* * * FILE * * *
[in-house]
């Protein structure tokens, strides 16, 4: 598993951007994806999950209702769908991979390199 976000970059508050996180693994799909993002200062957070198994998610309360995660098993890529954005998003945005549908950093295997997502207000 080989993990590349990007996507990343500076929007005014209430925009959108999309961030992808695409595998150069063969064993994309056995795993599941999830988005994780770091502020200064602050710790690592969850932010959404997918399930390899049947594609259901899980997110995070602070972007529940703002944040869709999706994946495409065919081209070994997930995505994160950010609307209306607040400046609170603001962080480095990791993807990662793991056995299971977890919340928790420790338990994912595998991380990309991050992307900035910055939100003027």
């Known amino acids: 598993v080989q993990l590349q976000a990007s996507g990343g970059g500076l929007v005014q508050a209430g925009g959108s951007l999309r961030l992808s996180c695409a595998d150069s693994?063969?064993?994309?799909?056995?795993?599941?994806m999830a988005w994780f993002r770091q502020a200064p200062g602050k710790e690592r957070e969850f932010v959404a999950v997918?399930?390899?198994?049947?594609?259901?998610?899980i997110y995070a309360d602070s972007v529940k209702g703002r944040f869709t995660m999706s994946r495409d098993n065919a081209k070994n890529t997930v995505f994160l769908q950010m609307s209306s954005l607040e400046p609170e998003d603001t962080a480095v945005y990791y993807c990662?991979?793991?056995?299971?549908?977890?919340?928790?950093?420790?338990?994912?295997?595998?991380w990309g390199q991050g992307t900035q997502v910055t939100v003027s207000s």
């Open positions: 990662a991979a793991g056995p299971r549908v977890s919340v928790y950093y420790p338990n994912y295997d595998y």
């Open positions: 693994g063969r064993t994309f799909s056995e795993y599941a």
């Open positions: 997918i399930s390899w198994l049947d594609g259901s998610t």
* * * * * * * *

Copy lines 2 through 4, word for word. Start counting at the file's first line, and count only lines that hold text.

């Protein structure tokens, strides 16, 4: 598993951007994806999950209702769908991979390199 976000970059508050996180693994799909993002200062957070198994998610309360995660098993890529954005998003945005549908950093295997997502207000 080989993990590349990007996507990343500076929007005014209430925009959108999309961030992808695409595998150069063969064993994309056995795993599941999830988005994780770091502020200064602050710790690592969850932010959404997918399930390899049947594609259901899980997110995070602070972007529940703002944040869709999706994946495409065919081209070994997930995505994160950010609307209306607040400046609170603001962080480095990791993807990662793991056995299971977890919340928790420790338990994912595998991380990309991050992307900035910055939100003027």
């Known amino acids: 598993v080989q993990l590349q976000a990007s996507g990343g970059g500076l929007v005014q508050a209430g925009g959108s951007l999309r961030l992808s996180c695409a595998d150069s693994?063969?064993?994309?799909?056995?795993?599941?994806m999830a988005w994780f993002r770091q502020a200064p200062g602050k710790e690592r957070e969850f932010v959404a999950v997918?399930?390899?198994?049947?594609?259901?998610?899980i997110y995070a309360d602070s972007v529940k209702g703002r944040f869709t995660m999706s994946r495409d098993n065919a081209k070994n890529t997930v995505f994160l769908q950010m609307s209306s954005l607040e400046p609170e998003d603001t962080a480095v945005y990791y993807c990662?991979?793991?056995?299971?549908?977890?919340?928790?950093?420790?338990?994912?295997?595998?991380w990309g390199q991050g992307t900035q997502v910055t939100v003027s207000s």
């Open positions: 990662a991979a793991g056995p299971r549908v977890s919340v928790y950093y420790p338990n994912y295997d595998y």